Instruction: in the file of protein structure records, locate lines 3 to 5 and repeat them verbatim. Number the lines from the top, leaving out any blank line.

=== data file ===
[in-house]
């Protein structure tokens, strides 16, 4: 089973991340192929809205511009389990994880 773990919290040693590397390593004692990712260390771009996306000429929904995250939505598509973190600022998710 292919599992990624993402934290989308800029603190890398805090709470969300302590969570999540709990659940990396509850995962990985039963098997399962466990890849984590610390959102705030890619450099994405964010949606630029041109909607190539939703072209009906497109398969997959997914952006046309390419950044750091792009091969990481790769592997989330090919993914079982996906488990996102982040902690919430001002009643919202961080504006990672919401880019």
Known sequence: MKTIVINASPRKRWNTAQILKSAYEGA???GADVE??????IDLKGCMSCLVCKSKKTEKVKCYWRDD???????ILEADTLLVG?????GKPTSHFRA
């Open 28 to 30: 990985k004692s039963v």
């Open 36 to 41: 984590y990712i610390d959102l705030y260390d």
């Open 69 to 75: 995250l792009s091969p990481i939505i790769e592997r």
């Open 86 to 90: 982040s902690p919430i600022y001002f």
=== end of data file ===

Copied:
Known sequence: MKTIVINASPRKRWNTAQILKSAYEGA???GADVE??????IDLKGCMSCLVCKSKKTEKVKCYWRDD???????ILEADTLLVG?????GKPTSHFRA
């Open 28 to 30: 990985k004692s039963v």
């Open 36 to 41: 984590y990712i610390d959102l705030y260390d």